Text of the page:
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Remington to Acquire Marlin Firearms

Discussion in 'Uncategorized Threads' started by Joe Potosky, Dec 26, 2007.

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  1. Joe Potosky

    Joe Potosky Well-Known Member

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    Remington to Acquire Marlin Firearms

    MADISON, N.C., Dec 26, 2007 /PRNewswire via COMTEX/

    -- Remington Arms Company, Inc. ("Remington" or "the Company") the only manufacturer of both firearms and ammunition for Hunting, Law Enforcement/Security, Government & Military applications in the United States, today announced it has entered into a definitive agreement to acquire Marlin Firearms Company, Inc. ("Marlin"). The transaction is expected to close by the end of January 2008.

    Marlin, headquartered in North Haven, Connecticut, also owns Harrington and Richardson (H&R), New England Firearms (NEF) and LC Smith brands of rifles and shotguns.

    Tommy Millner Remington's CEO, said, "I am pleased to announce that Marlin's well known brands with a long heritage of providing quality rifles and shotguns to hunters and shooters around the world will join the Remington family. The opportunity to combine two historic U.S. based companies with such storied and proud histories, is both challenging and exhilarating."

    "We look forward to working with Bob Behn, a well respected member of our industry. He will remain as president of Marlin, charting a course of further growth and operational improvement," Mr. Millner continued.

    Closing of the transaction is subject to certain customary conditions, including regulatory approvals. Credit Suisse acted as financial advisor to Remington with respect to this acquisition. Duff & Phelps Securities, LLC, a unit of Duff & Phelps Corporation (NYSE: DUF: 19.48, +0.50, +2.63%), initiated the transaction, assisted in the negotiations and acted as exclusive financial advisor to Marlin.

    Frank Kenna III, Marlin's Chairman, said, "Marlin has been a family run business since 1924 and through a number of important steps, we have grown it into the company it is today. We knew it was time to find the right partner for Marlin to ensure our brands maintain their leadership positions and move into the next century."

    Mr. Kenna III continued, "We believe Remington's commitment to the industry, shooters and hunters alike, combined with their resources from a manufacturing and sales and marketing position, will reinforce the confidence, hard work and dedication that our employees and management have put into our brands."

    Marlin manufactures a wide range of long guns, from the historic Model 39 and 336 rifles, which are the oldest shoulder arm designs in the world still being produced, to the XLR Series, which are the most accurate lever action rifles in the world. Its lever action 22 repeater, now the Model 39, became the favorite of many exhibition shooters, including the great Annie Oakley.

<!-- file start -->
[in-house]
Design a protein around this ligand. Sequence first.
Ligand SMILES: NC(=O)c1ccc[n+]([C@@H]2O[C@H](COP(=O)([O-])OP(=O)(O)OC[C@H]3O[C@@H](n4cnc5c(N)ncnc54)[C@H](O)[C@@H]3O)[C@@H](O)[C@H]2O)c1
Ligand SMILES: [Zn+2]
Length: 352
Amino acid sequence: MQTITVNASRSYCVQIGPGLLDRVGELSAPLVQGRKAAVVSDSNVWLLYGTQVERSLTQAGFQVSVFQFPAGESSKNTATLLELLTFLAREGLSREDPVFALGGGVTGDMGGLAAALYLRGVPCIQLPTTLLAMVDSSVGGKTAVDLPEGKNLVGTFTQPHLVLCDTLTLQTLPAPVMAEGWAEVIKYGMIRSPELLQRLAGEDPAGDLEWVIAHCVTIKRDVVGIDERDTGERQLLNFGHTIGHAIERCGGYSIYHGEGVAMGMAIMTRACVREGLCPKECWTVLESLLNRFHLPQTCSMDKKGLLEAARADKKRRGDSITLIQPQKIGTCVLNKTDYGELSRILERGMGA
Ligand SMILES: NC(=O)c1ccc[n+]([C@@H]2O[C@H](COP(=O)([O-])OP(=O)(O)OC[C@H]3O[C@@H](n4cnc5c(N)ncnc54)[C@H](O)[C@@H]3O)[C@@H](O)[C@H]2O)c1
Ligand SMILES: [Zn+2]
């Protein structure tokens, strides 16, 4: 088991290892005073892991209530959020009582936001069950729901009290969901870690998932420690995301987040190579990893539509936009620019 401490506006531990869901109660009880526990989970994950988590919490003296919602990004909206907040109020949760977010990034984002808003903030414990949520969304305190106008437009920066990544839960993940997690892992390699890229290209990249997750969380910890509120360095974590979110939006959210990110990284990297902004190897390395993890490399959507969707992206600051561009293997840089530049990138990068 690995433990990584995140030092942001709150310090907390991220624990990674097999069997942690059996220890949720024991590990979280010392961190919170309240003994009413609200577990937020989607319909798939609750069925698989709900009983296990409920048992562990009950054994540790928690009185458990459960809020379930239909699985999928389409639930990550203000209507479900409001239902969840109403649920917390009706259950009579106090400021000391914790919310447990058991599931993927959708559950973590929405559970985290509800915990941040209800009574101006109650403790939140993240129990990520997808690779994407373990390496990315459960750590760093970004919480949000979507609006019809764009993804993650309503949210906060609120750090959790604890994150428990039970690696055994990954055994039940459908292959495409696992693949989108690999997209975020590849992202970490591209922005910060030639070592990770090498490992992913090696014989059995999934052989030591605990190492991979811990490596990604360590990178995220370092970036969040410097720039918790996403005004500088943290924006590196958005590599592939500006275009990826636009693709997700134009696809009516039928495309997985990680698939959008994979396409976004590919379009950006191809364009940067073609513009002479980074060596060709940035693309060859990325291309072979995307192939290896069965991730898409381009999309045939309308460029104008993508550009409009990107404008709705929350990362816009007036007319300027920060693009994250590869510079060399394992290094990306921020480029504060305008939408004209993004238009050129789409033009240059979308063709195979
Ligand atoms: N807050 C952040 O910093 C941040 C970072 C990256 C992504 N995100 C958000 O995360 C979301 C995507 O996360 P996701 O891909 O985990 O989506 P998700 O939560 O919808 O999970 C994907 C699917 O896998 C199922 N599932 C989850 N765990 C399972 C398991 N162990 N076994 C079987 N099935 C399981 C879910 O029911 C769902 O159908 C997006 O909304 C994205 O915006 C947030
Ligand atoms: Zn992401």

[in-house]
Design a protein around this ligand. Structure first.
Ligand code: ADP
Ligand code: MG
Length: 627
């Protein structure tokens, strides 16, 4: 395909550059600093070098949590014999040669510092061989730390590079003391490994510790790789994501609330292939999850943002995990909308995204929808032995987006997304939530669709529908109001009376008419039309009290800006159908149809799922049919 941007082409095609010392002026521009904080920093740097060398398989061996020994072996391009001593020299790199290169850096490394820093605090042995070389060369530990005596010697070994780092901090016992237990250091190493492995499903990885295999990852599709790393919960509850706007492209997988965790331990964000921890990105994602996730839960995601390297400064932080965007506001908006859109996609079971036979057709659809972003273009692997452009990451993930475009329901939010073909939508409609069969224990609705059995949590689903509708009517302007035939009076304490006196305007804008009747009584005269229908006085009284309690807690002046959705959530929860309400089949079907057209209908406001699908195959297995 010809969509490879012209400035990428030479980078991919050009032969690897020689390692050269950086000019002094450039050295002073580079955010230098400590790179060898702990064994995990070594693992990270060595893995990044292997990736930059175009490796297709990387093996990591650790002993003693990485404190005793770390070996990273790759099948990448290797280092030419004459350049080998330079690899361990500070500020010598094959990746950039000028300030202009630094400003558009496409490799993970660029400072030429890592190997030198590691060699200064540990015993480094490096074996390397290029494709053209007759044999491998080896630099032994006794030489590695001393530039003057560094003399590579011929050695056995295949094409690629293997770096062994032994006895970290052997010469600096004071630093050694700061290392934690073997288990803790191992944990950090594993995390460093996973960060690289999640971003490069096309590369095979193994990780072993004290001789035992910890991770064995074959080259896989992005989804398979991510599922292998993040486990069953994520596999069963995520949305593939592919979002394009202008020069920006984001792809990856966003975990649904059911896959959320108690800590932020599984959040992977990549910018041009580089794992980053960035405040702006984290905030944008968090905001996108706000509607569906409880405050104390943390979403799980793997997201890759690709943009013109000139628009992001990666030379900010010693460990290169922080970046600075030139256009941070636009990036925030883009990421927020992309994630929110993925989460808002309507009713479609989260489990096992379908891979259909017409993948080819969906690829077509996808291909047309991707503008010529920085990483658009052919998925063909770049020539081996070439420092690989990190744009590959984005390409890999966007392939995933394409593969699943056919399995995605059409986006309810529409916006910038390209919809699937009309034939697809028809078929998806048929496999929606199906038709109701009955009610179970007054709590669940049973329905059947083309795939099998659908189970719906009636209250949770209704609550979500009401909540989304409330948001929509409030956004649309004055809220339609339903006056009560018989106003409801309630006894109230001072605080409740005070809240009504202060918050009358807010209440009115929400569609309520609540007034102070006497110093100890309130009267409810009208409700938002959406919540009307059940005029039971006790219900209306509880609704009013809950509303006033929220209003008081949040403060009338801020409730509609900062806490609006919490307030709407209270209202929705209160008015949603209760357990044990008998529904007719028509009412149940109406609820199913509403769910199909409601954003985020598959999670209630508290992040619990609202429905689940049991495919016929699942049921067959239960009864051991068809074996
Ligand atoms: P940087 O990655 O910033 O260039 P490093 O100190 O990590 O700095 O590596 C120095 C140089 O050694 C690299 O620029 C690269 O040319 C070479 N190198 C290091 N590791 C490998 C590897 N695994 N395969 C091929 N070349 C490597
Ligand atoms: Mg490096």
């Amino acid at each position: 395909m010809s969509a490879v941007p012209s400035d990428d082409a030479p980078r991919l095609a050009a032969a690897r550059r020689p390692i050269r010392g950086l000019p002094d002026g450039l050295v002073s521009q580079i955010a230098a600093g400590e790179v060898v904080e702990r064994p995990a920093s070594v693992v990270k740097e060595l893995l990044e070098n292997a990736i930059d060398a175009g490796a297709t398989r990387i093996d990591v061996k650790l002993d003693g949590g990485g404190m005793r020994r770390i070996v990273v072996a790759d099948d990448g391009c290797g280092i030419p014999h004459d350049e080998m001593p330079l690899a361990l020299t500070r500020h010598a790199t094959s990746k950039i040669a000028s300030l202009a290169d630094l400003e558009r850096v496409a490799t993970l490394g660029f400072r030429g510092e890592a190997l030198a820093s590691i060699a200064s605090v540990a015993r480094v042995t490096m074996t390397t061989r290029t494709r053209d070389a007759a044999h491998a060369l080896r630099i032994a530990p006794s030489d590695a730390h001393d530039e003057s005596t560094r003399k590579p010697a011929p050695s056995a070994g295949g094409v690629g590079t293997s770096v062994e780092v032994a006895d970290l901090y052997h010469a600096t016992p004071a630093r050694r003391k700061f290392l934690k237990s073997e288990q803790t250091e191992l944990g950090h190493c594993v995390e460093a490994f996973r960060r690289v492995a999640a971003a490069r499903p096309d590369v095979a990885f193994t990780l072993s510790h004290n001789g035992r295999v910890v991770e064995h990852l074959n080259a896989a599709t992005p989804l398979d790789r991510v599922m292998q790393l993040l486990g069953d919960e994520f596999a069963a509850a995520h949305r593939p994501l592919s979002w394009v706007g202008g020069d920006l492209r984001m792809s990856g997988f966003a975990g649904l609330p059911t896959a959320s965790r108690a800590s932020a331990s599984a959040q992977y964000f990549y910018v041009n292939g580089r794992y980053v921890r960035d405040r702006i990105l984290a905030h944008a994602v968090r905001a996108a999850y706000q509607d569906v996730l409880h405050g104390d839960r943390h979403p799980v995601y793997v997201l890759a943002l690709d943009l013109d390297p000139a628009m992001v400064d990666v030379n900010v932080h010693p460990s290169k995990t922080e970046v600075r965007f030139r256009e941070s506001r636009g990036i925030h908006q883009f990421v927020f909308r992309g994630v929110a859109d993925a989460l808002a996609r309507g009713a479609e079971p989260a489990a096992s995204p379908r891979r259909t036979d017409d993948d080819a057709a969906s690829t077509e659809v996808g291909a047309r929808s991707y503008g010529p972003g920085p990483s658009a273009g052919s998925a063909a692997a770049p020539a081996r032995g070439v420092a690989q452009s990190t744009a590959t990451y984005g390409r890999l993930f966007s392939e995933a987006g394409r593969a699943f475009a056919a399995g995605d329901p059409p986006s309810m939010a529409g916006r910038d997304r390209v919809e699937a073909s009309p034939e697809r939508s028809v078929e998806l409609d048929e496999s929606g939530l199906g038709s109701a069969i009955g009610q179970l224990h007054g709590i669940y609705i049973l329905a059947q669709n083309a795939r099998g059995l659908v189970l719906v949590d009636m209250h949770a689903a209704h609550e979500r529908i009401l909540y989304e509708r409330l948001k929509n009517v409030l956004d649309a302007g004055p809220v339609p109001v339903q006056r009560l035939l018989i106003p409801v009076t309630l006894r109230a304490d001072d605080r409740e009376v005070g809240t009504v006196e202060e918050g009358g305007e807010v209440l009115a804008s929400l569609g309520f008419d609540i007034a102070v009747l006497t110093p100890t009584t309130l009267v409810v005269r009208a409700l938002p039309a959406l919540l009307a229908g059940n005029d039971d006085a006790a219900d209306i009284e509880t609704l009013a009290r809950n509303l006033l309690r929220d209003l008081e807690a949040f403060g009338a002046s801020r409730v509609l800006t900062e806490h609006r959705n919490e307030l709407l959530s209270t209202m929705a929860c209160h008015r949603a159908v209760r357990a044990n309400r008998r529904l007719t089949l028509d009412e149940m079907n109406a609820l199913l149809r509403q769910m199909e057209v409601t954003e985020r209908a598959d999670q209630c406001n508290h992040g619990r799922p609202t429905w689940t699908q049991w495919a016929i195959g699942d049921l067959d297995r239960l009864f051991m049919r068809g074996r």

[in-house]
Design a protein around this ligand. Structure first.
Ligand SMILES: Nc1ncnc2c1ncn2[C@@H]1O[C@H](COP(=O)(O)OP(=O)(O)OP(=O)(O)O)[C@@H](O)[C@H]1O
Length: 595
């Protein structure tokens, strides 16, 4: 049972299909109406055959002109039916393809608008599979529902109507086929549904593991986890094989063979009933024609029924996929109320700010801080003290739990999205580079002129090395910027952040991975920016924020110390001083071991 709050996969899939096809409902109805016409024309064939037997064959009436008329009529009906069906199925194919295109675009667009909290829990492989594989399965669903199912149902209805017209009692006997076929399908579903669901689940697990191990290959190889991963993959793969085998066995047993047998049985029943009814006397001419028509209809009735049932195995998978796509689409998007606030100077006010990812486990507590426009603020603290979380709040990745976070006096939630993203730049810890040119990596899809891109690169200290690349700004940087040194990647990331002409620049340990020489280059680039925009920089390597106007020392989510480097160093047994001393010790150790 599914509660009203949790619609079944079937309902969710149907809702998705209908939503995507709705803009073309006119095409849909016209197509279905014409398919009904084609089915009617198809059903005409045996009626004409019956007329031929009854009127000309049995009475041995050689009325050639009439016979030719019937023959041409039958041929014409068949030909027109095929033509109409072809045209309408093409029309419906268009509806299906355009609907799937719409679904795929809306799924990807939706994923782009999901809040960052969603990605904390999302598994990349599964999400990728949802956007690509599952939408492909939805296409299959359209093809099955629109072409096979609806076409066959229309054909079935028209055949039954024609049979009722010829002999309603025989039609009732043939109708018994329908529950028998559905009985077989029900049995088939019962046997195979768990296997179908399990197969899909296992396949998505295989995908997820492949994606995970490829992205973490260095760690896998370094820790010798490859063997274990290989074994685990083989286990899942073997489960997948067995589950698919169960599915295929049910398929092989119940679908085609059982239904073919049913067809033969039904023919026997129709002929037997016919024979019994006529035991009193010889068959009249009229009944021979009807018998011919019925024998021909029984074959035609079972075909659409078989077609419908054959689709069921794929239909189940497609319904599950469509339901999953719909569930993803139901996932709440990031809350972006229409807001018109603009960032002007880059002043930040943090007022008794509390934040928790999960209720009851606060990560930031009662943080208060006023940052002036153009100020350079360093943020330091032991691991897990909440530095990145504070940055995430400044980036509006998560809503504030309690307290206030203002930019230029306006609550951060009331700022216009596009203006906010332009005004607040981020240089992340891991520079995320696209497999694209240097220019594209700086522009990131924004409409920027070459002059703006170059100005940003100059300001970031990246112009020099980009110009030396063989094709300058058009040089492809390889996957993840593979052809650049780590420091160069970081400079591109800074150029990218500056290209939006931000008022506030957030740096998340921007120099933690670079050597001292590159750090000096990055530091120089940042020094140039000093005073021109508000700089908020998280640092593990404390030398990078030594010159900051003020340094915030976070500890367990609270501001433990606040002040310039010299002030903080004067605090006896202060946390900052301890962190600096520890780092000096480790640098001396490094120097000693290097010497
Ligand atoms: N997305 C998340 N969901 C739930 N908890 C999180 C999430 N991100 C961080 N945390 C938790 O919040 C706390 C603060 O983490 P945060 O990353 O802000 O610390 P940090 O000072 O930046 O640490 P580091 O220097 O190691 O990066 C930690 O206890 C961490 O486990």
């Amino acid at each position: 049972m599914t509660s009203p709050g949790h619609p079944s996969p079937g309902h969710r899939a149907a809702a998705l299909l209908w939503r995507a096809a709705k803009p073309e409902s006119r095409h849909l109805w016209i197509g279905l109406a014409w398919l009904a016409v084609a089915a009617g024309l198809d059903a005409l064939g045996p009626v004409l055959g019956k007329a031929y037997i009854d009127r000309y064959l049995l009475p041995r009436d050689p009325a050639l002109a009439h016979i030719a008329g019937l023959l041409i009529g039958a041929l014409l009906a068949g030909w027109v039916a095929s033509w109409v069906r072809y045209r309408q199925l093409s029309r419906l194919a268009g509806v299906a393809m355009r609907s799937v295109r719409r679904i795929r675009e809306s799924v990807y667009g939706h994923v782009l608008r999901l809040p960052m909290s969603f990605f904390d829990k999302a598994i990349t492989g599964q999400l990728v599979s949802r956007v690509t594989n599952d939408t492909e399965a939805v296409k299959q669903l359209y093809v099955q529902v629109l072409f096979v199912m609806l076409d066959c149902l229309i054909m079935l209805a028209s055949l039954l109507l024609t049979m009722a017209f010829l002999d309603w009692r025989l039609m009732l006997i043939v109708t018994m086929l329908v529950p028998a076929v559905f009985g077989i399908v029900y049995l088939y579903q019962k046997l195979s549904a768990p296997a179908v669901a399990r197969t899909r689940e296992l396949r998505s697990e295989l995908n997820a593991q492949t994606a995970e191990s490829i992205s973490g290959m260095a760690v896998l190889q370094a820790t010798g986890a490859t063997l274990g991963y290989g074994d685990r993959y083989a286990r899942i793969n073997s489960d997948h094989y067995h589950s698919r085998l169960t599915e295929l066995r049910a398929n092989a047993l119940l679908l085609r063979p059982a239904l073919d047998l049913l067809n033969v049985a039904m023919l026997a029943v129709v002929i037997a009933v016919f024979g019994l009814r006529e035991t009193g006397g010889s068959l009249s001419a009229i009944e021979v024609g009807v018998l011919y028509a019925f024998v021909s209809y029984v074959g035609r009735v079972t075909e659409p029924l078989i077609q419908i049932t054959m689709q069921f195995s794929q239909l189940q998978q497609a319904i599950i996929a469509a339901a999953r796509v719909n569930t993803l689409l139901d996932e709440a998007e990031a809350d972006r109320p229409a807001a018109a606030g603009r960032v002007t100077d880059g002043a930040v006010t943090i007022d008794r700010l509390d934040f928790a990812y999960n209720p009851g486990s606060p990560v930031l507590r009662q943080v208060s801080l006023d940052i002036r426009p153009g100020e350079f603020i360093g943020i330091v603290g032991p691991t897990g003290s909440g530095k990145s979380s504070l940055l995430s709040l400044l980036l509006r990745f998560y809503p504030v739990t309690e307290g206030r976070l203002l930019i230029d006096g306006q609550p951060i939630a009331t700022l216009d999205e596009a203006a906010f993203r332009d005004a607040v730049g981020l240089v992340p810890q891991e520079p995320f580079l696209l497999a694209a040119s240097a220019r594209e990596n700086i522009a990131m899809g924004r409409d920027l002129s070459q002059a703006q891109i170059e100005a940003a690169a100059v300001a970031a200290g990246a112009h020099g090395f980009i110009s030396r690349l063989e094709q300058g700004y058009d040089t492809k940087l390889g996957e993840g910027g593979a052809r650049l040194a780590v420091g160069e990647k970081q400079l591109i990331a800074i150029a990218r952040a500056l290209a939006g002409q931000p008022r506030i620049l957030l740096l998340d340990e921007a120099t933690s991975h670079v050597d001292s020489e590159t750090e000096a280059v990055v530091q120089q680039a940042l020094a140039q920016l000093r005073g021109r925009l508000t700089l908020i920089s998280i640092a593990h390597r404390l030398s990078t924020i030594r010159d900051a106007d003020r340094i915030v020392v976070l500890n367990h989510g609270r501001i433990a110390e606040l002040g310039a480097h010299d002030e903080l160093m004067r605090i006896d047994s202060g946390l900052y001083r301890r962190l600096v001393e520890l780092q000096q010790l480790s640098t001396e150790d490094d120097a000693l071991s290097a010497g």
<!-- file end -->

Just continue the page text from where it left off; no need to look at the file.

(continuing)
E. Scott Blackwell, Remington's President of Global Sales/Marketing and Product Development, said, "The history of our two companies in innovation and meeting the needs of hunters and shooters around the globe, combined with the opportunity to further develop the Remington, Marlin, H&R, NEF and LC Smith brands, is not only beneficial to the Company and our channel partners, but especially to our end customer. It is these customers and our employees that have contributed to the success and longevity of these brands."

    About Remington Arms Company, Inc.

    Remington Arms Company, Inc., headquartered in Madison, N.C., designs, produces and sells sporting goods products for the hunting and shooting sports markets, as well as solutions to the military, government and law enforcement markets. Founded in 1816 in upstate New York, the Company is one of the nation's oldest continuously operating manufacturers. Remington is the only U.S. manufacturer of both firearms and ammunition products and one of the largest domestic producers of shotguns and rifles. The Company distributes its products throughout the U.S. and in over 55 foreign countries. More information about the Company can be found at www.remington.com.

    About Marlin Firearms, Inc.

    Established in 1870, The Marlin Firearms Company's brands include Marlin, Harrington & Richardson, New England Firearms and L. C. Smith. Under its various brands, Marlin produces an array of lever action, bolt action, and semi-automatic rifles, a wide variety of break-open single shot shotguns and rifles as well as muzzleloaders and combo sets. The company maintains a corporate Headquarters and manufacturing plant in North Haven, Connecticut as well as a manufacturing facility in Gardner, Massachusetts.

    Forward-Looking Statements